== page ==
Quiz Answer Key and Fun Facts
1. The United States of America shares its principal patron saint with hundreds of countries, cities, organizations and even religious concepts. She is regarded as uniquely placed as an intercessor, due to family ties. Can you name her?
2. Even atheistic nations can have a patron saint. The People's Republic of China has been officially atheist since 1949. Yet the most popular of all patron saints has been assigned, with a local title. Elsewhere she has been described in countless ways, one famous way being "a woman robed in the sun". Can you identify the Lady who is China's primary patron saint?
3. "The Island of Saints and Scholars", Ireland, has had plenty of both, and is graced with not one but three patron saints. Interestingly, all three are venerated by both Catholics and Anglicans on this island often bloodied by religious conflict. Lesser known are Saints Brigid and Columba, but almost everyone knows who Ireland's primary patron saint is. Do you?
4. Given France's long association with Roman Catholicism, it's unsurprising that the nation has multiple patron saints. The primary patron is the Virgin Mary (as Our Lady of the Assumption), which was confirmed in 1920 when another virgin was given precedence over the remaining patron saints. What indomitable young woman, framed and burned as a heretic, was not only exonerated but made France's second ranking patron saint?
5. He is one of the more popular patron saints, despite how little is actually known about him. Born in the Levant (at least three locations are claimed) of Grecian descent, he became a Roman soldier, then a Christian, and in 303 a martyr, for refusing to make appropriate sacrifices to the official deities. He has his own cross, started being called a dragonslayer in the 11th Century, and became England's patron saint. Who is our man of mystery history?
6. Italy is favored with a pair of patron saints of great renown. One is the much loved St. Francis of Assisi, who also looks after San Francisco, California, the environment, and the Cub Scouts. Italy's other patron saint is a remarkable, largely self-educated woman who became a nun, Scholastic theologian (one of two women recognized as a "Doctor of the Church", alongside St. Theresa of Avila), ambassador, philosopher and correspondent with Kings and Popes. The rooftops of her city are known for their distinctive brown color. Can you name this amazing lady who is also counted as a patron saint for all Europe?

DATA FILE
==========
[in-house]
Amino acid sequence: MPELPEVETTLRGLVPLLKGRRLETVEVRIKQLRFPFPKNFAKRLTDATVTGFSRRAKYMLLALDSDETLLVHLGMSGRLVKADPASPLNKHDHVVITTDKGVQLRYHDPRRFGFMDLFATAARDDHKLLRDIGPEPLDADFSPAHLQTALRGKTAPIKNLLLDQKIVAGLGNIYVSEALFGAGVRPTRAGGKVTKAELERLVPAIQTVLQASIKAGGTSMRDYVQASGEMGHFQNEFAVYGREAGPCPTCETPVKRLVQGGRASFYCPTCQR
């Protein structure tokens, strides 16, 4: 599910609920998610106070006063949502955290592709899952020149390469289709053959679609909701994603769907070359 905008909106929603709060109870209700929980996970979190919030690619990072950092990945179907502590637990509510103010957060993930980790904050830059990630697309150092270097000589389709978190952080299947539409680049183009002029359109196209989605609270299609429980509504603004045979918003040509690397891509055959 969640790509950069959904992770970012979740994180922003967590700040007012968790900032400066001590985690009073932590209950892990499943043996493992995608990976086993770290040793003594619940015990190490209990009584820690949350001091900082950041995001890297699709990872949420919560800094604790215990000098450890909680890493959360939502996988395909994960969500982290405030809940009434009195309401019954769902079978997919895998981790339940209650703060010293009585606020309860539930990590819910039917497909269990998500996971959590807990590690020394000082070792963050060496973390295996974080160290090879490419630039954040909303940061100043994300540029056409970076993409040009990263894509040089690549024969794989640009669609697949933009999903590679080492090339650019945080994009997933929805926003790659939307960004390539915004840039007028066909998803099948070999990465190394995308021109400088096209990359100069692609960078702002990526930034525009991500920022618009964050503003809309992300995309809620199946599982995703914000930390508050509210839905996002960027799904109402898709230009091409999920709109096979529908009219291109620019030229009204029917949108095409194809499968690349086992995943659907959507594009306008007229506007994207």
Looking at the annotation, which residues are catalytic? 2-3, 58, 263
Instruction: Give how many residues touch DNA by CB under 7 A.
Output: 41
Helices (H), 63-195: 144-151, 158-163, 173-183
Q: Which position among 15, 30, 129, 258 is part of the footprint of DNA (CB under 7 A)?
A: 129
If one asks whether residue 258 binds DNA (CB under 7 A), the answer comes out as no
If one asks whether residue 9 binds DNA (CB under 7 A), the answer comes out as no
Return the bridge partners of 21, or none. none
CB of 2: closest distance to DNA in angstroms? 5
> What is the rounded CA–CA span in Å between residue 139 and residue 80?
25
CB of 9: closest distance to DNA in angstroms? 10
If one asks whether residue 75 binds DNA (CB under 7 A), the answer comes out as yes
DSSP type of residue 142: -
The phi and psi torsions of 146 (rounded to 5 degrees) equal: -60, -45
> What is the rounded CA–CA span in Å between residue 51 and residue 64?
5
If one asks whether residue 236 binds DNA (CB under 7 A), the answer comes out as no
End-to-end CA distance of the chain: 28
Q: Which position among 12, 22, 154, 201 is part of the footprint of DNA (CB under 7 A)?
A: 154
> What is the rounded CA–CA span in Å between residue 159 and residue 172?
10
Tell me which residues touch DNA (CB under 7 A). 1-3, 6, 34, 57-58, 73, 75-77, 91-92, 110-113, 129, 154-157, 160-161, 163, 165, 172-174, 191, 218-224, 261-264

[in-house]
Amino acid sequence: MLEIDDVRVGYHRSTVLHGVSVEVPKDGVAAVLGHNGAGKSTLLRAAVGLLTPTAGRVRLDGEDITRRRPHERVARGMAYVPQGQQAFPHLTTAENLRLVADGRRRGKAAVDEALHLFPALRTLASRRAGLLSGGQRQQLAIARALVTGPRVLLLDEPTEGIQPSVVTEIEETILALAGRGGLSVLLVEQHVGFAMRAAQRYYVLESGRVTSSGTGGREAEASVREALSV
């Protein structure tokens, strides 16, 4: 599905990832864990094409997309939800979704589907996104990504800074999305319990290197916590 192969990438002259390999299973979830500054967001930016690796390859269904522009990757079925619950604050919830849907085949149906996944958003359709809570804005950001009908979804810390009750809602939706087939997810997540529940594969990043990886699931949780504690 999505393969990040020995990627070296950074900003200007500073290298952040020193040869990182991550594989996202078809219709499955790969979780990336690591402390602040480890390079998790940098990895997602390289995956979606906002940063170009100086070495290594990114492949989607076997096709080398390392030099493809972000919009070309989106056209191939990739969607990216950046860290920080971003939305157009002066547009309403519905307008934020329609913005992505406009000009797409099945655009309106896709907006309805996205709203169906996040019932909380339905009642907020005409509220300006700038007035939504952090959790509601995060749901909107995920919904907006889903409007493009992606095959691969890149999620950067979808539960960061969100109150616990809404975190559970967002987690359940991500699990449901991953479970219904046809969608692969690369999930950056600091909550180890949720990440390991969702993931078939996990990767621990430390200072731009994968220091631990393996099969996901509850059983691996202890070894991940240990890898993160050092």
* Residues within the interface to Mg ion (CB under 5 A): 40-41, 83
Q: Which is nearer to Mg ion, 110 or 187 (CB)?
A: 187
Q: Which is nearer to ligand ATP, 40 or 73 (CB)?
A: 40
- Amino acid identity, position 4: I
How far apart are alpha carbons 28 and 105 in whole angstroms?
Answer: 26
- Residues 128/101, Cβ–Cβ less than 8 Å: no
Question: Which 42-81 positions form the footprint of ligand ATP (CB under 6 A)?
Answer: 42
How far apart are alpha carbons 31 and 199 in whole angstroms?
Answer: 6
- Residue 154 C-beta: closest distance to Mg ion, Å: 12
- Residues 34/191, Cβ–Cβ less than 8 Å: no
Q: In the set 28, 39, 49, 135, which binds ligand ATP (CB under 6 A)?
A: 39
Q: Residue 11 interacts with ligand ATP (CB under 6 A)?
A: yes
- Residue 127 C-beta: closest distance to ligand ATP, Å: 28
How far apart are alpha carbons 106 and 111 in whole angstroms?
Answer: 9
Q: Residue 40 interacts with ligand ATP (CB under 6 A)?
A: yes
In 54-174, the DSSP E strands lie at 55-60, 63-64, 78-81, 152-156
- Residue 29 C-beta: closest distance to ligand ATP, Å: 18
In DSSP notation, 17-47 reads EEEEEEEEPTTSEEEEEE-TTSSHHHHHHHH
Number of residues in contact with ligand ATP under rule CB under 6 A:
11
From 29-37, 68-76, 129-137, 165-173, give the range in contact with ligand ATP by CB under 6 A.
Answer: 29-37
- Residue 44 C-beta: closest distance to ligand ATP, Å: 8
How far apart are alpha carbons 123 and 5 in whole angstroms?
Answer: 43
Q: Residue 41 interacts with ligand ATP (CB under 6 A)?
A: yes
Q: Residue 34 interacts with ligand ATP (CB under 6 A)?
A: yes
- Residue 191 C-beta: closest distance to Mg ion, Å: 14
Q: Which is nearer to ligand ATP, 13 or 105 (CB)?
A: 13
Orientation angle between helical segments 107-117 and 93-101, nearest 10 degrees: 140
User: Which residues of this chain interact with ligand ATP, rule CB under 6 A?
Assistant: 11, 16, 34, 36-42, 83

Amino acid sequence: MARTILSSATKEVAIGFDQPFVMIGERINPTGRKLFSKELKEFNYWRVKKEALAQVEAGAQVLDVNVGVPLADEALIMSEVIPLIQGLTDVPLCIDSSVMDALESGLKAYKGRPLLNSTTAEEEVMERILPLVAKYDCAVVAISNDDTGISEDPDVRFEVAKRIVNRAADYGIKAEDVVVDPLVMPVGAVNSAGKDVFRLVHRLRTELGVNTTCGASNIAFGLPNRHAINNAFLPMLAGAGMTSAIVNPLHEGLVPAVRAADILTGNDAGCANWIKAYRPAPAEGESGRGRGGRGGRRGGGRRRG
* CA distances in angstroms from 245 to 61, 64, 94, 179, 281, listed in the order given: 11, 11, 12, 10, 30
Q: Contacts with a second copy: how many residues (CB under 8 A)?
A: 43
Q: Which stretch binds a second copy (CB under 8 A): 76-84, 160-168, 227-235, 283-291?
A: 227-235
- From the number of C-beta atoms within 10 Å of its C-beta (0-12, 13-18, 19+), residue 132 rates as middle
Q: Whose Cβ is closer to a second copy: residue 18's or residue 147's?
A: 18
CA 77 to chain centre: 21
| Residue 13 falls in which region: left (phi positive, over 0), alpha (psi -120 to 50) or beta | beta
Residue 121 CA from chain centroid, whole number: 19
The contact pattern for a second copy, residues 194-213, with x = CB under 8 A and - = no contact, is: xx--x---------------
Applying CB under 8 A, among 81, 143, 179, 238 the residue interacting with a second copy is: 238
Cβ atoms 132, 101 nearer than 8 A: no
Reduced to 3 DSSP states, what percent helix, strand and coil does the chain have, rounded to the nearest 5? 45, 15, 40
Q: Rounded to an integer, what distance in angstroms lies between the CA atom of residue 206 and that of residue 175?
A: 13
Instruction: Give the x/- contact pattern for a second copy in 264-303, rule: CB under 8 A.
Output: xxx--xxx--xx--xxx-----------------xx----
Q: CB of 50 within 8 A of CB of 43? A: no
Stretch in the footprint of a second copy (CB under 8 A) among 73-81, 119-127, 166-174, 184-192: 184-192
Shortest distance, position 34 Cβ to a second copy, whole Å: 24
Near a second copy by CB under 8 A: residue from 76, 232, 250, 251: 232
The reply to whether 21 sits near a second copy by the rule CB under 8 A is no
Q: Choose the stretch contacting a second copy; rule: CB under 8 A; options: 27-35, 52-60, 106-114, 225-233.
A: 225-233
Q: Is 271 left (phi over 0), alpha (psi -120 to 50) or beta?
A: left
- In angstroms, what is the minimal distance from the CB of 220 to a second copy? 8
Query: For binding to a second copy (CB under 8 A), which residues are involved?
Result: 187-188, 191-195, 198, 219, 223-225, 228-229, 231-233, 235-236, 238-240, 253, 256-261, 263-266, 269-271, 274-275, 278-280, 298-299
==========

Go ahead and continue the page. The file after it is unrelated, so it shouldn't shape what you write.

7. Not all of the patronage of saints is attached to places. Sometimes a saint covers a wide range of people, places, things, even concepts. One man is patron saint to eight countries (Canada among them), of fathers, carpenters, travellers, and of the Roman Catholic Church's concept of a "happy death". In 1870, Pope Pius IX proclaimed him the patron saint of the entire Roman Catholic Church. With all these patronage titles he stands close to the Virgin Mary, appropriately enough. Who is this great patron saint?
8. What's in a name? Most saints get by with one or two names. One of the original twelve Apostles was not so lucky, since his given name was the same as Iscariot's. Perhaps it's appropriate that he became the patron saint of lost causes and those in desperate peril. Given those patronages, it was natural that he became the patron saint of hospitals, too. Notably, a famous children's cancer hospital was founded under the saint's name by entertainer Danny Thomas in Memphis, Tennessee. Who is our saint with a name issue?
9. You might think that being a levitating monk would be well received in the Catholic Church. Not so much. Poor Joseph of Cupertino spent much of his life being shipped from monastery to monastery, while required to live in isolation. He was even sent before the Inquisition. He was found blameless, and on 21 October 1638 he levitated before the Inquisition tribunal. Pope Urban VIII also saw Joseph airborne. Even with the quality witnesses, it took over 110 years for him to be canonized. What professions would you think would be within the patronage of a floating friar like St. Joseph of Cupertino?
10. You wouldn't likely expect that the patron saint of the internet would have lived in the 7th Century, but that is when St. Isidore of Seville flourished. Since St. Isidore died some 1330 years before the first ARPANET connection you might ask why Pope St. John Paul II made the declaration in 1997. It has to do with a similarity between St. Isidore's great work and that of the internet. What do you think it was?
Source: Author Jdeanflpa
This quiz was reviewed by FunTrivia editor looney_tunes
before going online.
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